Drama at the publisher of former Gawker Media websites including Deadspin and Gizmodo is offering a glimpse into the sometimes head-scratching aspects of large digital ad buys.
As detailed by the Wall Street Journal, staffers at private equity-backed G/O Media have been outraged, in part, by “scammy advertising” practices the company employed in an effort to meet impression minimums.
Specifically, G/O Media signed a $1m deal with Farmers Insurance Group under which it was required to deliver 43.5m ad impressions through September 2020. According to emails obtained by the Wall Street Journal, G/O Media teams responsible for executing on the deal believed that the company would not be able to deliver, which apparently prompted it to begin running sound-on auto-play ads for the insurance giant in an effort to boost impressions.
Sound-on auto-play ads are are considered among the worst digital ad formats. The Coalition for Better Ads, whose members include Google, the IAB, GroupM and Procter & Gamble, states:
“This ad experience is especially disruptive because it catches the reader off guard and often compels them to quickly close the window or tab in order to stop the sound — especially if they are on their mobile device and in a public place, where such noise can be a public nuisance and personal embarrassment.”
Despite their reputation as a horribly user-unfriendly and loathed format, it remarkably appears that G/O Media’s use of sound-on auto-play ads was done with Farmers’ approval.
“To increase consumer engagement with the Farmers brand, we are running online auto-play video ads, via G/O Media, with the sound-on feature,” a Farmers spokesman told the Wall Street Journal. “We will continue to evaluate the effectiveness of this program and make adjustments, as necessary.”
According to G/O Media, “The ads are performing incredibly well against target reach and engagement with the audience”, supposedly referring to metrics such as clicks.
Farmers has since reportedly ended its deal with G/O Media, but the fact that such a large brand would approve the use of sound-on auto-play ads in the first place on the basis that it would “increase consumer engagement” reveals that for all the progress that has been made in cleaning up the digital ad ecosystem, a lot of improvement is still needed.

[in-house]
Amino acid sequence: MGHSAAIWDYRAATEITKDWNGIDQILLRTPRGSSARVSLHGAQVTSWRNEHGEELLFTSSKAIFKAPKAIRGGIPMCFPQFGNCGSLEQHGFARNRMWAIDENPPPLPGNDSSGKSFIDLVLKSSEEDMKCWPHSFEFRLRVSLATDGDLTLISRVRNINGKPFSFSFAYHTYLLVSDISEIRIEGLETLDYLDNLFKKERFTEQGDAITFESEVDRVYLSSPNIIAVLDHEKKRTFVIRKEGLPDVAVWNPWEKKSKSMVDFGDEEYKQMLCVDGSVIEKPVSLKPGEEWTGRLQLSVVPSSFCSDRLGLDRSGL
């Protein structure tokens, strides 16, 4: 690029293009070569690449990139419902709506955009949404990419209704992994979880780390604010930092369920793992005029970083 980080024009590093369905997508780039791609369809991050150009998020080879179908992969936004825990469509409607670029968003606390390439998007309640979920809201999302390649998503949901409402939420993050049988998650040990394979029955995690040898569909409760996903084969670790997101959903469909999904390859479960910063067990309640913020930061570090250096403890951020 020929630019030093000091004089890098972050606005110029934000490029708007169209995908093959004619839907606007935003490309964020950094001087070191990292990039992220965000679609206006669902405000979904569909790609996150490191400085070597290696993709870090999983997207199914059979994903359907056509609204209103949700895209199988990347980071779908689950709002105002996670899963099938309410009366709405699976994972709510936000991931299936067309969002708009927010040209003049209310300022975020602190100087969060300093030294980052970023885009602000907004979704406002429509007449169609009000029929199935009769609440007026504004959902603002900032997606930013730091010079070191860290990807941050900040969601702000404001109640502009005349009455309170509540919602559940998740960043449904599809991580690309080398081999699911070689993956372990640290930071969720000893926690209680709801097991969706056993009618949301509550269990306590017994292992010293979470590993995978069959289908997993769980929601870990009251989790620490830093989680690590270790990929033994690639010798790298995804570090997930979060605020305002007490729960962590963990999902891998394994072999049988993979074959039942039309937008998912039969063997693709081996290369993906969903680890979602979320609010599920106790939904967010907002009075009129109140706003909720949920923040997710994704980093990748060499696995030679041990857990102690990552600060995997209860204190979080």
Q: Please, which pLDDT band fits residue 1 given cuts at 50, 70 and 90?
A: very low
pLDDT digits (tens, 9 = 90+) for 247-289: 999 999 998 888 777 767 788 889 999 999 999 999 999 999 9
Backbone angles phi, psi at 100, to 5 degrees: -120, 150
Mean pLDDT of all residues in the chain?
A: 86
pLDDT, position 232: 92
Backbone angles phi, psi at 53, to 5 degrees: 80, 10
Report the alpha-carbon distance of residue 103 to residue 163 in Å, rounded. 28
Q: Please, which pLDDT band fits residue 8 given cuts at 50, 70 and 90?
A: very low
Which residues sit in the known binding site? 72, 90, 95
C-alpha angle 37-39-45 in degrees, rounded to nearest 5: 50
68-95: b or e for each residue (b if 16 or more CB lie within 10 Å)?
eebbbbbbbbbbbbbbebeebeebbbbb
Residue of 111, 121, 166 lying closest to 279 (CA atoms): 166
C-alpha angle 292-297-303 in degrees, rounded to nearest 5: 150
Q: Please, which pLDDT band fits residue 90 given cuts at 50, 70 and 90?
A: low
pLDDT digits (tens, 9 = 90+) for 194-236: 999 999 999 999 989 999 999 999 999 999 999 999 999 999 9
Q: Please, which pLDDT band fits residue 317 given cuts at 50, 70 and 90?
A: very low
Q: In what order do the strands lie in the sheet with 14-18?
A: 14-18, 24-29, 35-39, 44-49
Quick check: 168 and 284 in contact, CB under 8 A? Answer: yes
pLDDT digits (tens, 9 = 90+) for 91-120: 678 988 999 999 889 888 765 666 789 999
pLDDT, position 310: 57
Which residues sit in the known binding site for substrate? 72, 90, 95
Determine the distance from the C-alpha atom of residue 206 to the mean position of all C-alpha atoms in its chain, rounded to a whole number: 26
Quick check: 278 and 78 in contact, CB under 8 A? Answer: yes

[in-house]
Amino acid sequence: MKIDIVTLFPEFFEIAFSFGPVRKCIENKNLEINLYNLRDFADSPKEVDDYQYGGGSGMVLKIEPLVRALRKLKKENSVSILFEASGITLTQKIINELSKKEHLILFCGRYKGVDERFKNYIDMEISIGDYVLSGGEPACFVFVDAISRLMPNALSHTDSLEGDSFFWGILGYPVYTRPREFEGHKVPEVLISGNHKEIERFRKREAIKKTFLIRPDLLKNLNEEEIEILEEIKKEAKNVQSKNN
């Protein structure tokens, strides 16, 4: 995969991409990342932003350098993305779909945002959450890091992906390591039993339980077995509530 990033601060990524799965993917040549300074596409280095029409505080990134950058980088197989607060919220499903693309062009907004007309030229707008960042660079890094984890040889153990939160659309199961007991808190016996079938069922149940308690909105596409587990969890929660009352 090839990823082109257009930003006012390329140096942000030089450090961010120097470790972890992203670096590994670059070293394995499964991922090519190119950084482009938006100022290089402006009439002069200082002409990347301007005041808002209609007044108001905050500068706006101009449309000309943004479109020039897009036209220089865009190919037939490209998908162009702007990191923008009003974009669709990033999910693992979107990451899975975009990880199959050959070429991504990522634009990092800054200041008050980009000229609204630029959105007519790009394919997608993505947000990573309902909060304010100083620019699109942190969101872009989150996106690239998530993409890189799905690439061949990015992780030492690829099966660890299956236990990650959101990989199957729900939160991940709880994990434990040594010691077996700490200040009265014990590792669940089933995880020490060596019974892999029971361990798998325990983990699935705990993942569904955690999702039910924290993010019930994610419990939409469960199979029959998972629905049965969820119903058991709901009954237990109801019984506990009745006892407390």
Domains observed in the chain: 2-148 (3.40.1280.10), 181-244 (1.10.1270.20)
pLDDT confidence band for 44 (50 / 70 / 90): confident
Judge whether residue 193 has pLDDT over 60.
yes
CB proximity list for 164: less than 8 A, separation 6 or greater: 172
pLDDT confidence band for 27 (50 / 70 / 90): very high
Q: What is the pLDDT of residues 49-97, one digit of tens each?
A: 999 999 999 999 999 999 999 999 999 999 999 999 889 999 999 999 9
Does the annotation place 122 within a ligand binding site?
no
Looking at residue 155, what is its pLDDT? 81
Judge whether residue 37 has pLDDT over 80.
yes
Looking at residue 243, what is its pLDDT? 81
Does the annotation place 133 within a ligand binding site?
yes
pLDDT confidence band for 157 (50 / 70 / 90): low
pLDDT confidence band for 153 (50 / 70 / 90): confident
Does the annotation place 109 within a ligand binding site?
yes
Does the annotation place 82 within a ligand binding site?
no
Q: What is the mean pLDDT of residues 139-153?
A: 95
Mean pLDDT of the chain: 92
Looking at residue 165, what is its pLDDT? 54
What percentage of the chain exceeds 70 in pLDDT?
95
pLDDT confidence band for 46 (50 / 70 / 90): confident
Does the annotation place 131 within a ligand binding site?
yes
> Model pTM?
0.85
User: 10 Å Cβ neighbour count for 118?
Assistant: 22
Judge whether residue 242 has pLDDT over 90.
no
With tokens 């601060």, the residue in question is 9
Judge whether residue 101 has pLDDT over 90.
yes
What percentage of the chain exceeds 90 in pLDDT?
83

Specifically, Farmers’ apparent belief that it could increase engagement with sound-on auto-play ads demonstrates that some brand marketers retain misguided beliefs about digital advertising KPIs. Sound-on auto-play ads can increase impressions, but with numerous studies evidencing the fact that consumers by and large hate them, what good is that?
With this line of reasoning, brands could call slapping consumers in the face “engagement” and argue that it helps their business when anybody with an iota of common sense would see that it doesn’t.
As for the potentially higher number of clicks sound-on auto-play ads might generate, there’s an obvious explanation that makes higher CTRs a lot less impressive: many users are likely clicking on these ads accidentally in the process of trying to quickly disable them.
The good news for the industry is that efforts by browser makers and groups like the Coalition for Better Ads will almost certainly lead to the death of these ads. But so long as the thinking that allows large brands to justify their use remains, the digital ad ecosystem will continue to be its own worst enemy.